At the beginning, Goebbels and Goering and some other lead Nazis are in a Zeppelin flying over a pastoral scene. They decide to drop a bomb, and look through their viewfinder for the perfect target. Various characters fill the frame – a vicar, some pretty milkmaids, an arrogant soldier, but the final target is a baby’s pram. I was surprised (and, dare I say, rather unnerved) by such dark humour. And how on earth did the two of them come up with the idea of the main character’s vital trait – his big hands? And the American guy who’s convinced the Nazis are all actually Communists? Or the great little gag when the Nazis rechristen The Ritz, ‘The Fritz’?

‘So this is how their brains work,’ I kept thinking, ‘that is so exactly what they would make happen next …’ Watching the film was like watching the two of them in some kind of ultimate conversation – in which every gag is spot on, every sound effect on cue, and with a host of actors to do all the different voices. Although I kept listening out for friends in the cameo roles.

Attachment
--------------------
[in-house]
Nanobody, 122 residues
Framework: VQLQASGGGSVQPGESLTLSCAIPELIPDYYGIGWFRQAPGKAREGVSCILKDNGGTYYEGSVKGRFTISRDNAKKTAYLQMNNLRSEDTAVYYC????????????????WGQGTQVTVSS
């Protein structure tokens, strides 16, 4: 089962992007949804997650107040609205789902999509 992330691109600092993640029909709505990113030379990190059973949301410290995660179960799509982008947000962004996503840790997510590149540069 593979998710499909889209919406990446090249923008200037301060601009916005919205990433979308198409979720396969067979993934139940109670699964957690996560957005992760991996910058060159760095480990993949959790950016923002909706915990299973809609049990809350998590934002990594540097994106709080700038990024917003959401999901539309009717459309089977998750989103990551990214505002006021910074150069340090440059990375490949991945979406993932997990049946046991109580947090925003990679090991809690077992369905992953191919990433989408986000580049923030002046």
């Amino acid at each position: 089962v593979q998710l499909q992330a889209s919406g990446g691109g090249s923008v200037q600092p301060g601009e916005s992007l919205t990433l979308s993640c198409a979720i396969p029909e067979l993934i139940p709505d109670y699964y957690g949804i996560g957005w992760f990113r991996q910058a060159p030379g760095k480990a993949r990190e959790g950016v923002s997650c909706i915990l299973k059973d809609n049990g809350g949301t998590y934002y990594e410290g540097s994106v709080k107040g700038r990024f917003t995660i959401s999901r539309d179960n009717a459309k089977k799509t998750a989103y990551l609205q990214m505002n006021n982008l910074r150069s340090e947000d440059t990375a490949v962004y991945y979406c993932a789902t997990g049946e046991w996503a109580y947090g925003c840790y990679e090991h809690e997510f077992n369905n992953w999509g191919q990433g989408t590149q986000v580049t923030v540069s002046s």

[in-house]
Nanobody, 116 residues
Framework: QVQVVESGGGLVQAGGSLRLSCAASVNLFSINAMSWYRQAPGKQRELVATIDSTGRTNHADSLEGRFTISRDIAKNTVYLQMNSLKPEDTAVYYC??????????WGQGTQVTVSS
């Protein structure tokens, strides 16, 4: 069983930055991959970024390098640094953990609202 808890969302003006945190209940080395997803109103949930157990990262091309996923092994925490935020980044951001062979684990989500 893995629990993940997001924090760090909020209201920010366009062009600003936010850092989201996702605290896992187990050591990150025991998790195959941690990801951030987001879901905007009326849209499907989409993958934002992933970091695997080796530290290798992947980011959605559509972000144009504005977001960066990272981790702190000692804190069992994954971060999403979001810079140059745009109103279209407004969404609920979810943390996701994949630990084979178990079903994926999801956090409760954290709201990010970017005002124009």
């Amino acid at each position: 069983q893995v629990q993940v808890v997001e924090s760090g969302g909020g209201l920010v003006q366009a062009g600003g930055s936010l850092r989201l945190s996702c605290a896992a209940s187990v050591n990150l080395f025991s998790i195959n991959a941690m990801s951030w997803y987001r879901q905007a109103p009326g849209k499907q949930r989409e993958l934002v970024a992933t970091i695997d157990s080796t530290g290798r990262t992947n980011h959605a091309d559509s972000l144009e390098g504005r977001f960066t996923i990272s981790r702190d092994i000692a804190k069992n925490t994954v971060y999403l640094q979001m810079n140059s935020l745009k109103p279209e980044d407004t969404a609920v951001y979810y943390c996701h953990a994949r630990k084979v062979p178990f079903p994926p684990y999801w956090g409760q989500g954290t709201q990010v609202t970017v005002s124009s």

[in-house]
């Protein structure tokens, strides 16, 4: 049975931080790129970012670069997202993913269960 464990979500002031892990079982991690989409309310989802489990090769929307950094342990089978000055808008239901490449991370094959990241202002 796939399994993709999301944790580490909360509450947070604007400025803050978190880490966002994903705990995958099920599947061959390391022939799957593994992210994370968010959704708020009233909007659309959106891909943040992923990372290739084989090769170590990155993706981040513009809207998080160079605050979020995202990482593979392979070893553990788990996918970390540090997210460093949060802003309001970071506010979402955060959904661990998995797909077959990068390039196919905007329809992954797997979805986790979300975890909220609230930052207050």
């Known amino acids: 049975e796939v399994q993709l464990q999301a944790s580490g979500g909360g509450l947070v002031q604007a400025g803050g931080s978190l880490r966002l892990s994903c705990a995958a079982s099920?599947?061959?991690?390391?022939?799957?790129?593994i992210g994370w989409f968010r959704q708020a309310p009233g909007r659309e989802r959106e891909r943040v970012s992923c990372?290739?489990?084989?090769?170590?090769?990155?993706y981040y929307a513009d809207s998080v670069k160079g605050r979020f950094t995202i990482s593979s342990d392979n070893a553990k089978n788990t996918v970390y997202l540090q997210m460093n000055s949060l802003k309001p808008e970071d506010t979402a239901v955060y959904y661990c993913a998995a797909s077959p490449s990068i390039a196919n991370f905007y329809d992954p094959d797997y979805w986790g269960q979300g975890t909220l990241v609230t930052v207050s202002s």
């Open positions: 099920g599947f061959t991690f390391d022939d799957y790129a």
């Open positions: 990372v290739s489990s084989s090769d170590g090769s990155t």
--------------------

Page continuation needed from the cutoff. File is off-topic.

It’s a dangerous game to try and find out how writers’ brains work from what they’ve written. Most of A-Level English was spent being told, ‘the narrator is NOT the author’ and it’s generally seen as pretty reductive to spot their friends/lovers/enemies among the main characters. Of course it can be informative to bring biographical information to a reading of a text, but the text supposedly lives free of the author and, according to Barthes, the reader is the author too – bringing their own wealth of experience and associations to the text. Now I’m actually trying to write a novel, I have to say I think the reader definitely gets the easier ride of authorship.